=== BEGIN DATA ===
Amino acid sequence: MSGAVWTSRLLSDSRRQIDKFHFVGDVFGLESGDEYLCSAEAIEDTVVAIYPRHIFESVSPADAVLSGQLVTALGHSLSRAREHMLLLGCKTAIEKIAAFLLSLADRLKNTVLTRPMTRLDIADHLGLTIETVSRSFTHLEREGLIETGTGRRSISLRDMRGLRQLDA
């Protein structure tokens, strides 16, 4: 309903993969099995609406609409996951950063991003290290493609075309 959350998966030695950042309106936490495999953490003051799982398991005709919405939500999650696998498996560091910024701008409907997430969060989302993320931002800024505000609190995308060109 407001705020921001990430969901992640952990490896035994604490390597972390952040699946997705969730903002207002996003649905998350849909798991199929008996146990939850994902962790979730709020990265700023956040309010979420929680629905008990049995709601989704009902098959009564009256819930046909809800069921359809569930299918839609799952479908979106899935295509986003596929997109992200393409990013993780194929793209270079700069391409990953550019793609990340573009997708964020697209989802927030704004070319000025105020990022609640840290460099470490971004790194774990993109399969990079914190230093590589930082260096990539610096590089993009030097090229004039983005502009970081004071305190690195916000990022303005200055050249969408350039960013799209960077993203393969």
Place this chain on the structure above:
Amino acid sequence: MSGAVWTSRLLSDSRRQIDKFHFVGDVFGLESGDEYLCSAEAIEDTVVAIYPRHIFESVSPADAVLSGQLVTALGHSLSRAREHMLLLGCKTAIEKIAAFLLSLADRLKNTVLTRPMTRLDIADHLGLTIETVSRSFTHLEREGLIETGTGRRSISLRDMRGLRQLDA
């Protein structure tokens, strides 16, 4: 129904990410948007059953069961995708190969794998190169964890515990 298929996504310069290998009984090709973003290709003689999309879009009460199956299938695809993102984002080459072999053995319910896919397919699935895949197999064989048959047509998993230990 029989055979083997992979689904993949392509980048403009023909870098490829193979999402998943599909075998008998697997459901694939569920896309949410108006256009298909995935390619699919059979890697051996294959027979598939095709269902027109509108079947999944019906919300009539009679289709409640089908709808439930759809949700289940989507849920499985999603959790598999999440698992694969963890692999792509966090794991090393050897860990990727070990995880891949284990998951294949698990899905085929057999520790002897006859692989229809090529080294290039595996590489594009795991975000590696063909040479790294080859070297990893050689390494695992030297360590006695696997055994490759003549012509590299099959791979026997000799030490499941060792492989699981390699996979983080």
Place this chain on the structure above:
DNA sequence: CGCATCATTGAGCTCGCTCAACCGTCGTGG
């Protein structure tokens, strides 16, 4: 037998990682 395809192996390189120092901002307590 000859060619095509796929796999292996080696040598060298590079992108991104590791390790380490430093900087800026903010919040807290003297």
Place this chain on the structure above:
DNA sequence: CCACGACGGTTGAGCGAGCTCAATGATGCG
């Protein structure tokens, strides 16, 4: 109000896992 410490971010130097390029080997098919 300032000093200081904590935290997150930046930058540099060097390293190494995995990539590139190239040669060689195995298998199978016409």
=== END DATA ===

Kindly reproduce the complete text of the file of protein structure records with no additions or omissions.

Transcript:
Amino acid sequence: MSGAVWTSRLLSDSRRQIDKFHFVGDVFGLESGDEYLCSAEAIEDTVVAIYPRHIFESVSPADAVLSGQLVTALGHSLSRAREHMLLLGCKTAIEKIAAFLLSLADRLKNTVLTRPMTRLDIADHLGLTIETVSRSFTHLEREGLIETGTGRRSISLRDMRGLRQLDA
């Protein structure tokens, strides 16, 4: 309903993969099995609406609409996951950063991003290290493609075309 959350998966030695950042309106936490495999953490003051799982398991005709919405939500999650696998498996560091910024701008409907997430969060989302993320931002800024505000609190995308060109 407001705020921001990430969901992640952990490896035994604490390597972390952040699946997705969730903002207002996003649905998350849909798991199929008996146990939850994902962790979730709020990265700023956040309010979420929680629905008990049995709601989704009902098959009564009256819930046909809800069921359809569930299918839609799952479908979106899935295509986003596929997109992200393409990013993780194929793209270079700069391409990953550019793609990340573009997708964020697209989802927030704004070319000025105020990022609640840290460099470490971004790194774990993109399969990079914190230093590589930082260096990539610096590089993009030097090229004039983005502009970081004071305190690195916000990022303005200055050249969408350039960013799209960077993203393969």
Place this chain on the structure above:
Amino acid sequence: MSGAVWTSRLLSDSRRQIDKFHFVGDVFGLESGDEYLCSAEAIEDTVVAIYPRHIFESVSPADAVLSGQLVTALGHSLSRAREHMLLLGCKTAIEKIAAFLLSLADRLKNTVLTRPMTRLDIADHLGLTIETVSRSFTHLEREGLIETGTGRRSISLRDMRGLRQLDA
């Protein structure tokens, strides 16, 4: 129904990410948007059953069961995708190969794998190169964890515990 298929996504310069290998009984090709973003290709003689999309879009009460199956299938695809993102984002080459072999053995319910896919397919699935895949197999064989048959047509998993230990 029989055979083997992979689904993949392509980048403009023909870098490829193979999402998943599909075998008998697997459901694939569920896309949410108006256009298909995935390619699919059979890697051996294959027979598939095709269902027109509108079947999944019906919300009539009679289709409640089908709808439930759809949700289940989507849920499985999603959790598999999440698992694969963890692999792509966090794991090393050897860990990727070990995880891949284990998951294949698990899905085929057999520790002897006859692989229809090529080294290039595996590489594009795991975000590696063909040479790294080859070297990893050689390494695992030297360590006695696997055994490759003549012509590299099959791979026997000799030490499941060792492989699981390699996979983080």
Place this chain on the structure above:
DNA sequence: CGCATCATTGAGCTCGCTCAACCGTCGTGG
């Protein structure tokens, strides 16, 4: 037998990682 395809192996390189120092901002307590 000859060619095509796929796999292996080696040598060298590079992108991104590791390790380490430093900087800026903010919040807290003297």
Place this chain on the structure above:
DNA sequence: CCACGACGGTTGAGCGAGCTCAATGATGCG
């Protein structure tokens, strides 16, 4: 109000896992 410490971010130097390029080997098919 300032000093200081904590935290997150930046930058540099060097390293190494995995990539590139190239040669060689195995298998199978016409």